Open government talk buzzes across Canada


Eaves referred to Vancouver's legal board as a good example of one that created "a fairly inviting license." In May 2009, as the first municipality in Canada to embrace the open city concept by passing a motion that supports open data, open standards and open source.

"The whole reason we have governments is to co-ordinate," said Eaves, in response to a panel question on what government-as-a-platform means. This is what government is about and rather than get "caught up in the newness of it," the focus should be on figuring out the way to extend this to the virtual realm, he said. "This is about empowering citizens to make the city their own," he said.

Eaves promoted the development of a "MuniForge," based on the SourceForge model, as a means for municipalities in Canada and around the world to share their IT resources. In Canada, "each city has their own IT department and (is) coding up what is essentially the same software ... cities have some specific needs, but by and large, the infrastructure is the same," he said.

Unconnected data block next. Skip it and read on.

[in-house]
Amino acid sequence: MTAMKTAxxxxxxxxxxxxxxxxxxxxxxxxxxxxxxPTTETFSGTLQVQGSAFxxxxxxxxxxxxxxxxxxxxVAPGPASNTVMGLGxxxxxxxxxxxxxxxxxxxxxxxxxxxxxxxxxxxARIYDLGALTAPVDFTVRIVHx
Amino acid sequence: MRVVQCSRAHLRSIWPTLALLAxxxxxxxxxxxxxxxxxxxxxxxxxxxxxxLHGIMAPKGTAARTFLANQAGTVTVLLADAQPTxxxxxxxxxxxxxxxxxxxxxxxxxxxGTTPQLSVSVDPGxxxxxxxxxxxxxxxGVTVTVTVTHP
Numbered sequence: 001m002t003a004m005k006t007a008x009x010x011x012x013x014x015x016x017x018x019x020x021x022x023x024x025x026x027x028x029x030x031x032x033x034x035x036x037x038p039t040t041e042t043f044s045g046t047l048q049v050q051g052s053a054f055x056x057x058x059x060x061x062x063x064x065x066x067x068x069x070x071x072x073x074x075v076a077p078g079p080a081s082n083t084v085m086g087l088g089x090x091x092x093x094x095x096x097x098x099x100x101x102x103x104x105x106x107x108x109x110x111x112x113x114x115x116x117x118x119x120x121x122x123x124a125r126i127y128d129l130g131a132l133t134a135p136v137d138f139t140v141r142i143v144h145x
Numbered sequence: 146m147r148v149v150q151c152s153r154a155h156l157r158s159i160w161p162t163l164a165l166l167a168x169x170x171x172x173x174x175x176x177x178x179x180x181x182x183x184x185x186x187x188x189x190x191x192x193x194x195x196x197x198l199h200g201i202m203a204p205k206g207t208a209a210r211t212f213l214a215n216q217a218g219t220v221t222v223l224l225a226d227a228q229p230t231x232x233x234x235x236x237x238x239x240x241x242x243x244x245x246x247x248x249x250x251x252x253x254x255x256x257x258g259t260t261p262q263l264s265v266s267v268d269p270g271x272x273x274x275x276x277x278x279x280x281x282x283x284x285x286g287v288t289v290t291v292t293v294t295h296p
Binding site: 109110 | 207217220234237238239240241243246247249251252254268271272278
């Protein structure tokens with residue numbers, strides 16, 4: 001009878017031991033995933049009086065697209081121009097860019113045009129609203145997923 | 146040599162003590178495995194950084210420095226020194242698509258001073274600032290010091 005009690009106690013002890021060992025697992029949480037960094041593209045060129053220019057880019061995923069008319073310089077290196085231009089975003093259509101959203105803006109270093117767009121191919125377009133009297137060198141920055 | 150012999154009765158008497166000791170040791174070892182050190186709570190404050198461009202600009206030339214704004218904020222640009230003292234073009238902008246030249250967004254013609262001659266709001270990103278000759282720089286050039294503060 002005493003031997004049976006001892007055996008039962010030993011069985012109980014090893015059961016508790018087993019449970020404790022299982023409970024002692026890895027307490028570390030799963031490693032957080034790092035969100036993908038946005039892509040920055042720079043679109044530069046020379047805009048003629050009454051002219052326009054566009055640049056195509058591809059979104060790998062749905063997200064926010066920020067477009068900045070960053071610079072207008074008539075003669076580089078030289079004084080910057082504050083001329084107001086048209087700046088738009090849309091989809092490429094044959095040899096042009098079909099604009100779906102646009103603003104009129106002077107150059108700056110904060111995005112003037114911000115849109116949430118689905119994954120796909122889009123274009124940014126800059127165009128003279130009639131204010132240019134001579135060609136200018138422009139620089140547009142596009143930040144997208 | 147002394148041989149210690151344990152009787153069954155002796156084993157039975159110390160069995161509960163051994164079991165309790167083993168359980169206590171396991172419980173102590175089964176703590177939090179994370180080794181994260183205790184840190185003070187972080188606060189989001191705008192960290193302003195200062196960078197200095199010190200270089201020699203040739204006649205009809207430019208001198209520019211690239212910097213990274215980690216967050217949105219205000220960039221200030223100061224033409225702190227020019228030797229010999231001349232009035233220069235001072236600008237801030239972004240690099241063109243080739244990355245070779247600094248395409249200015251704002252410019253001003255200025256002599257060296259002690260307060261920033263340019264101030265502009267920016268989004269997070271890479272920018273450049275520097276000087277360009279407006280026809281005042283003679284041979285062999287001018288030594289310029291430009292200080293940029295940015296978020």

Open sourcing software and putting it up on a platform "would suddenly transform the IT employees that are working at smaller cities into one (gigantic) IT department," he said.

(For an in-depth look at the Muniforge concept, read Eaves' article, "," originally published in the Municipal Information Systems Association's Municipal Interface journal and now available on his blog